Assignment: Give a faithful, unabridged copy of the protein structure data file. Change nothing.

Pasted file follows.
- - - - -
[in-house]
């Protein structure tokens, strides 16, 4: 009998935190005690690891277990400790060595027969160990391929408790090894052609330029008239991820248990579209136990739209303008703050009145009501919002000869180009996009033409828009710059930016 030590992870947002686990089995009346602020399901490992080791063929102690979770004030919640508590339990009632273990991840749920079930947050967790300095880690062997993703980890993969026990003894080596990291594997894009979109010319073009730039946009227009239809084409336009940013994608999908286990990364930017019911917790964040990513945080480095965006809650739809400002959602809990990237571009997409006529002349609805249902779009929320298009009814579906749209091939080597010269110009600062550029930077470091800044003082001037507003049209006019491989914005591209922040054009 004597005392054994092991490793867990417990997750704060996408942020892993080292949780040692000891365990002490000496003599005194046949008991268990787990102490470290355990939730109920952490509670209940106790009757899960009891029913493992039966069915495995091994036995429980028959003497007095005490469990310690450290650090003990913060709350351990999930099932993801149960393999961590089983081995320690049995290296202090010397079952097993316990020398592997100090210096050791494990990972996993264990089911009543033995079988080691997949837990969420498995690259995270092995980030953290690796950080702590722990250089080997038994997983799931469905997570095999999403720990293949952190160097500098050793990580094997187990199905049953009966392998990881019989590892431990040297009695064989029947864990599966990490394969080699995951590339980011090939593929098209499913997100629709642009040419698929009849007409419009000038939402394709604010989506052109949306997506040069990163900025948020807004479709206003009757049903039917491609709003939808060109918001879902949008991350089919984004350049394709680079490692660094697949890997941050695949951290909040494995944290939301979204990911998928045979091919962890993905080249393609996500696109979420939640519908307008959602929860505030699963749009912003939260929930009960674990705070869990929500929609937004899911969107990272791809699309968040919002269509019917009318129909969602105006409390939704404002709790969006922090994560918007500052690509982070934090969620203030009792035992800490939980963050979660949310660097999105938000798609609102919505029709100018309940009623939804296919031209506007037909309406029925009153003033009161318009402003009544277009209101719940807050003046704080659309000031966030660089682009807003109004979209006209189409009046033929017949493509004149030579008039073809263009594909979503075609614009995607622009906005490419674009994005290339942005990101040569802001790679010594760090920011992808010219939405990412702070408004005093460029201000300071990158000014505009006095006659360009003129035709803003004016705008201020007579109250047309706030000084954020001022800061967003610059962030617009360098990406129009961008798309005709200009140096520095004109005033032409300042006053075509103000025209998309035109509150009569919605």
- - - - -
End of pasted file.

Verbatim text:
[in-house]
């Protein structure tokens, strides 16, 4: 009998935190005690690891277990400790060595027969160990391929408790090894052609330029008239991820248990579209136990739209303008703050009145009501919002000869180009996009033409828009710059930016 030590992870947002686990089995009346602020399901490992080791063929102690979770004030919640508590339990009632273990991840749920079930947050967790300095880690062997993703980890993969026990003894080596990291594997894009979109010319073009730039946009227009239809084409336009940013994608999908286990990364930017019911917790964040990513945080480095965006809650739809400002959602809990990237571009997409006529002349609805249902779009929320298009009814579906749209091939080597010269110009600062550029930077470091800044003082001037507003049209006019491989914005591209922040054009 004597005392054994092991490793867990417990997750704060996408942020892993080292949780040692000891365990002490000496003599005194046949008991268990787990102490470290355990939730109920952490509670209940106790009757899960009891029913493992039966069915495995091994036995429980028959003497007095005490469990310690450290650090003990913060709350351990999930099932993801149960393999961590089983081995320690049995290296202090010397079952097993316990020398592997100090210096050791494990990972996993264990089911009543033995079988080691997949837990969420498995690259995270092995980030953290690796950080702590722990250089080997038994997983799931469905997570095999999403720990293949952190160097500098050793990580094997187990199905049953009966392998990881019989590892431990040297009695064989029947864990599966990490394969080699995951590339980011090939593929098209499913997100629709642009040419698929009849007409419009000038939402394709604010989506052109949306997506040069990163900025948020807004479709206003009757049903039917491609709003939808060109918001879902949008991350089919984004350049394709680079490692660094697949890997941050695949951290909040494995944290939301979204990911998928045979091919962890993905080249393609996500696109979420939640519908307008959602929860505030699963749009912003939260929930009960674990705070869990929500929609937004899911969107990272791809699309968040919002269509019917009318129909969602105006409390939704404002709790969006922090994560918007500052690509982070934090969620203030009792035992800490939980963050979660949310660097999105938000798609609102919505029709100018309940009623939804296919031209506007037909309406029925009153003033009161318009402003009544277009209101719940807050003046704080659309000031966030660089682009807003109004979209006209189409009046033929017949493509004149030579008039073809263009594909979503075609614009995607622009906005490419674009994005290339942005990101040569802001790679010594760090920011992808010219939405990412702070408004005093460029201000300071990158000014505009006095006659360009003129035709803003004016705008201020007579109250047309706030000084954020001022800061967003610059962030617009360098990406129009961008798309005709200009140096520095004109005033032409300042006053075509103000025209998309035109509150009569919605």